The yellow pencil: a perfect design

Perfectly designed objects are hard to find.

But as 30 March was National Pencil Day, it seems appropriate to give credit where it’s due. It’s been 158 years since Hymen Lipman first married the eraser to the lead pencil and created one of the most perfectly-designed writing implements in existence.

Lipman, a Jamaican-born inventor from Philadelphia, submitted the patent for his “combination of lead-pencil and eraser” in 1858, the same year the world saw its first can opener, mason jar and ironing board.

He described it as particularly useful for “making mathematical, architectural, and many other kinds of drawings in which the lines are very near each other … as it may be sharpened to a point to erase any marks between the lines.”

Lipman’s design for the attached eraser was significantly smaller than erasers found on pencils in use today. Instead, it more closely resembles modern mechanical pencils, which still have tiny erasers.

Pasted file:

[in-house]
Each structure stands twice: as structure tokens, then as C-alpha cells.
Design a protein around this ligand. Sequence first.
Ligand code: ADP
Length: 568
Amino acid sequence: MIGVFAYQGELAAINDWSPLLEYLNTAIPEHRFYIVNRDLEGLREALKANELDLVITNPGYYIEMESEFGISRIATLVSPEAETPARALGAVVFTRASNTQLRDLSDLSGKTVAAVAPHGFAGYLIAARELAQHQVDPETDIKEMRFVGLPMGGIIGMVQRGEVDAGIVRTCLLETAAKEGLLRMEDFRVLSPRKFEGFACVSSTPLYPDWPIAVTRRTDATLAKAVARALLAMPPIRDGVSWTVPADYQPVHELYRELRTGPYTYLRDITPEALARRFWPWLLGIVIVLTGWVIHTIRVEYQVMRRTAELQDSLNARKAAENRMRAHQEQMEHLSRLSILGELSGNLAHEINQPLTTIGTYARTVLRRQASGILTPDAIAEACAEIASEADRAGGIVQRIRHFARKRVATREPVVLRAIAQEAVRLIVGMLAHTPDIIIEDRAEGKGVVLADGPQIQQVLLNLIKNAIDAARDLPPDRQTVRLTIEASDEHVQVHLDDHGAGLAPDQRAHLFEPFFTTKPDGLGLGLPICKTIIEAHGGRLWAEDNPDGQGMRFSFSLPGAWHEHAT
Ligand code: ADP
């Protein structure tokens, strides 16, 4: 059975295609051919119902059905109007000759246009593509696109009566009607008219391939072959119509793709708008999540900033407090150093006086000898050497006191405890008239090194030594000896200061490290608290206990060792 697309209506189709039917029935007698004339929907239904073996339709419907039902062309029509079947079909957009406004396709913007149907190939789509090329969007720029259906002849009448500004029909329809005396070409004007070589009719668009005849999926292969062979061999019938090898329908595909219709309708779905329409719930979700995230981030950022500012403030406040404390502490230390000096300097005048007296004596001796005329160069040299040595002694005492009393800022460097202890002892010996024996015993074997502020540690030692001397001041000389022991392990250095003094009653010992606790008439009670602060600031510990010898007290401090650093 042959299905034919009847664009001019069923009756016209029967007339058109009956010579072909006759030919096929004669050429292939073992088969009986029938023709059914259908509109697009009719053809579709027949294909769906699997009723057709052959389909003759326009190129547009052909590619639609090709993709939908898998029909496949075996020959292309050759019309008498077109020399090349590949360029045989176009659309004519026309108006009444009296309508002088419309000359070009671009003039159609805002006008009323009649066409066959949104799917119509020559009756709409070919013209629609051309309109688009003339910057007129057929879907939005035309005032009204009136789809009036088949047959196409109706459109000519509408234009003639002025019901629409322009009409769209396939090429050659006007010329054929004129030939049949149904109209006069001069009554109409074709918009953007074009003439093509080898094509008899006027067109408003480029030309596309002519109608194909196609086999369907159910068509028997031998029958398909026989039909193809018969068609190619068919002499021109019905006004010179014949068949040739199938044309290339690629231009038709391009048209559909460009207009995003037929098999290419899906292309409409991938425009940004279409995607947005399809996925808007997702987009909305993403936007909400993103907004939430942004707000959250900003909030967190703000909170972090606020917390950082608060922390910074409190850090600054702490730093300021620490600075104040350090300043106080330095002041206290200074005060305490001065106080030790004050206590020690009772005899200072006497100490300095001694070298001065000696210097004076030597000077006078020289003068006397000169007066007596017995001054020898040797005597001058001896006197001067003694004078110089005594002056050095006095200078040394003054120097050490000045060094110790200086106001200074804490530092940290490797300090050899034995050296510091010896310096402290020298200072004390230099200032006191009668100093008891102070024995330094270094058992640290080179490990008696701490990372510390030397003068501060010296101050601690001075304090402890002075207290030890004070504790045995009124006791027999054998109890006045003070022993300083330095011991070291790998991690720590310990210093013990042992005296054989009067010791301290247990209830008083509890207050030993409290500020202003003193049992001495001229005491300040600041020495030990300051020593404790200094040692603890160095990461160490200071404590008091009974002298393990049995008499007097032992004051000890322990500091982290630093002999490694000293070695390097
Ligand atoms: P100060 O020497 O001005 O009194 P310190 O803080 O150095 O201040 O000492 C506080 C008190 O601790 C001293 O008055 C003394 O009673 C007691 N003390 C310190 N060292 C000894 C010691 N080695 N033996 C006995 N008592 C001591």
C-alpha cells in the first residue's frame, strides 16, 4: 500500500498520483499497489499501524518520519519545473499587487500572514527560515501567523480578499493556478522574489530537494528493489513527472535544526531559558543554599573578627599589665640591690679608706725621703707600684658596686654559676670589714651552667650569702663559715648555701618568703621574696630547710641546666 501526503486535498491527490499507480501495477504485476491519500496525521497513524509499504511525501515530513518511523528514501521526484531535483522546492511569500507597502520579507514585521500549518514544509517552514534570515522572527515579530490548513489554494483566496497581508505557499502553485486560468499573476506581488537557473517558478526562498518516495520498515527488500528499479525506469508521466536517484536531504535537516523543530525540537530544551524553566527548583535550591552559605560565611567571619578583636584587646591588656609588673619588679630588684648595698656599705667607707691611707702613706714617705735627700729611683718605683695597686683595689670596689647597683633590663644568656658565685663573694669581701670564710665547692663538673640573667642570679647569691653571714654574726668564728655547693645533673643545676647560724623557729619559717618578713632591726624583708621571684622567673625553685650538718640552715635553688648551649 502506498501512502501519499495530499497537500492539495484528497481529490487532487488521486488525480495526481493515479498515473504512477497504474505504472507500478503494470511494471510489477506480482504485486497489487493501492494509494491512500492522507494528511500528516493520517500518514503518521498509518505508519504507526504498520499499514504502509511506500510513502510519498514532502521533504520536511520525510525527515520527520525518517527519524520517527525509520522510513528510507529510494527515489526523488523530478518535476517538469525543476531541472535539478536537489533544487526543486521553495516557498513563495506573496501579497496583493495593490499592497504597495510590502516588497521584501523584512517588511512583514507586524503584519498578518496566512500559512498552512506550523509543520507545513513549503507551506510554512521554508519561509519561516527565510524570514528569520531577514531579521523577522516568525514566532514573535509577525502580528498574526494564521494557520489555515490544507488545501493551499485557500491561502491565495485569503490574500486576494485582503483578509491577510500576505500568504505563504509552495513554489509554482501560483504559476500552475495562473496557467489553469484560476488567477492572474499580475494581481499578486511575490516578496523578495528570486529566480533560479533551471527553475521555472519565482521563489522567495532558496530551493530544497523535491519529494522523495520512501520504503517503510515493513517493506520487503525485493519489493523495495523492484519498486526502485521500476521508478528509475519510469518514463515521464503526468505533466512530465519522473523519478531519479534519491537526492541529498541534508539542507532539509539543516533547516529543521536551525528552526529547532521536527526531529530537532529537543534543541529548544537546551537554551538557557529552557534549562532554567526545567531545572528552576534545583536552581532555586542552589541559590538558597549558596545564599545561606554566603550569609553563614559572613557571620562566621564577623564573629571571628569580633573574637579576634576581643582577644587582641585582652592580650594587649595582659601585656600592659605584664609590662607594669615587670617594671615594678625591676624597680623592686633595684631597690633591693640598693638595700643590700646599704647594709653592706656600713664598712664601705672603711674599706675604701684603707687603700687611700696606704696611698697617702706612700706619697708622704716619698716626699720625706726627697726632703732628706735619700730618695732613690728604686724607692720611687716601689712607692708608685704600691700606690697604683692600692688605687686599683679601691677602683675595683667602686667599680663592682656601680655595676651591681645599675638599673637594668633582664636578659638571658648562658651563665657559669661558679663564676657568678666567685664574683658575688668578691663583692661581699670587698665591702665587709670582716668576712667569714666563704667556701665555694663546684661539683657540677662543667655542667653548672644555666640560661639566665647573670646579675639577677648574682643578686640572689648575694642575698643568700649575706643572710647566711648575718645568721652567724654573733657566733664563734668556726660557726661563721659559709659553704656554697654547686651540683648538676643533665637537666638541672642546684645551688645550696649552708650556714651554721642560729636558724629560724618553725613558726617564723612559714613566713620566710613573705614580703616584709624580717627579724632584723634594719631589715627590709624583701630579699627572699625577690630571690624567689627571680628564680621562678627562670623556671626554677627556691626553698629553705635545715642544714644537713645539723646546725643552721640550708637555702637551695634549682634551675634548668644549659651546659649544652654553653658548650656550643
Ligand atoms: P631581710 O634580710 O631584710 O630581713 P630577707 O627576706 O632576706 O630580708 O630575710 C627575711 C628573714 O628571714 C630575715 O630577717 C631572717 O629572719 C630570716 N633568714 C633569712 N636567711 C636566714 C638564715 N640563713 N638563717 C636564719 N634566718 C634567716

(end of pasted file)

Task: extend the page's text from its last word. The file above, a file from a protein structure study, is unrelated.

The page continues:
Before Lipman came along, people would use separate erasers to correct their errors. (In Europe, that’s still largely the case.) And before that, they used things like moist pieces of bread.

So praise be to people like Hymen Lipman, who don’t just focus on improving life’s biggest pieces of technology, but realise the smaller annoyances can be just as important to fix.

By Chris Weller for

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